2007_03_hal9000.jpgThe city is giving IBM an $80 million contract to create a supercomputer to track public school students. Accrding to the Daily News, computer's program will be called "ARIS" - "Achievement Reporting and Innovation System" - and will be able to track a student's biographical details, education needs, education history, test scores, etc., and provide up-to-the-minute information. From the News:

The [interim tests student take will] measure whether kids have mastered specific skills, such as multiplying fractions or distinguishing fact from opinion, at different times of the year.

Teachers will be able to see an entire classroom of results at once. Principals will be able to see an entire school.

Parents eventually will have access to their own kids' data plus summary facts about their child's school, the results of parent, student and teacher surveys and details about how their school scored on annual reviews.

Much of the data will be folded into letter grades that soon will be assigned to all 1,400 city schools.

Teachers union head Randi Weingarten said, "You can lower a lot of class sizes with that money - or buy a lot of supplies." It does seem extravagant to invest in an $80 million computer system when many teachers must buy supplies with their own money, but we suppose that's how the Bloomberg-Klein Department of Education rolls. Mayor Bloomberg said, "Every child in this city deserves a quality education and we will spare no expense." Oh, right, but not necessarily a bus ride to get the quality education. ARIS will be running by this September 2007 and parents will have access by September 2008. And the DOE says it did get 19 bids.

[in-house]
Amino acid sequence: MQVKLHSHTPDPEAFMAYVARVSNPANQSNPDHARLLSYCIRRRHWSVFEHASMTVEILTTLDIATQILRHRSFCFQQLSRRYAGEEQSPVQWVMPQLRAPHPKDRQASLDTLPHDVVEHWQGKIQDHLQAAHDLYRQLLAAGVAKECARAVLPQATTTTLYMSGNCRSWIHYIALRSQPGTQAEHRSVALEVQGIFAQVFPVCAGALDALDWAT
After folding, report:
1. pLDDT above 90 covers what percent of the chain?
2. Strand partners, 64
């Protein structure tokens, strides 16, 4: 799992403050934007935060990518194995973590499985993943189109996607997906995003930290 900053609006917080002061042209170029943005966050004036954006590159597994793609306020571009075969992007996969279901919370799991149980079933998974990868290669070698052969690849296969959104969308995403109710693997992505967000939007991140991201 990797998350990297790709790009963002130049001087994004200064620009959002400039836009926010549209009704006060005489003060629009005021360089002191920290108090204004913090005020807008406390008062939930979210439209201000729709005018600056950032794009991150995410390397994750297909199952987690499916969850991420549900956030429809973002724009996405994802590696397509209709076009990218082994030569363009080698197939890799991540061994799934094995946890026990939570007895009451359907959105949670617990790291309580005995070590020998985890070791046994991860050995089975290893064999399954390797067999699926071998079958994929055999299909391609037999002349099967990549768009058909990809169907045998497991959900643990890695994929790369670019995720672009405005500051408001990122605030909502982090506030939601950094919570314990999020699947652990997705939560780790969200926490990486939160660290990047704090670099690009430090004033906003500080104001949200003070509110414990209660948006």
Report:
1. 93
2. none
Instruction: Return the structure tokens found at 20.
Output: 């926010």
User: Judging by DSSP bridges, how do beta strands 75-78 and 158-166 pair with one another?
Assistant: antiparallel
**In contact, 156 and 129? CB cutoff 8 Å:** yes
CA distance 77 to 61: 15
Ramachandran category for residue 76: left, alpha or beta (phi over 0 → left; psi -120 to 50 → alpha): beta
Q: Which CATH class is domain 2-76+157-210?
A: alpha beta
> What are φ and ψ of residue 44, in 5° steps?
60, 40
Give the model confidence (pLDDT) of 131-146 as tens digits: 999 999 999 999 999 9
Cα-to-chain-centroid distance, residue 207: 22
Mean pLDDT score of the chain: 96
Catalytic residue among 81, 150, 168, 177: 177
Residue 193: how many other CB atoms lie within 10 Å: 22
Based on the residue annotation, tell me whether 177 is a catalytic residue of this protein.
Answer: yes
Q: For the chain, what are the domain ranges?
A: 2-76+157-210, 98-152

The City Council is not happy with the mayor's plan to give more principals autonomy of schools. Last September, Mayor Bloomberg empowered principals to run their schools without supervision from superintendents. City Council members don't think there's enough evidence that the mayor's plan worked, but the NY Times calls the $80 million super computer a "major step...toward holding principals accountable for the results in their schools."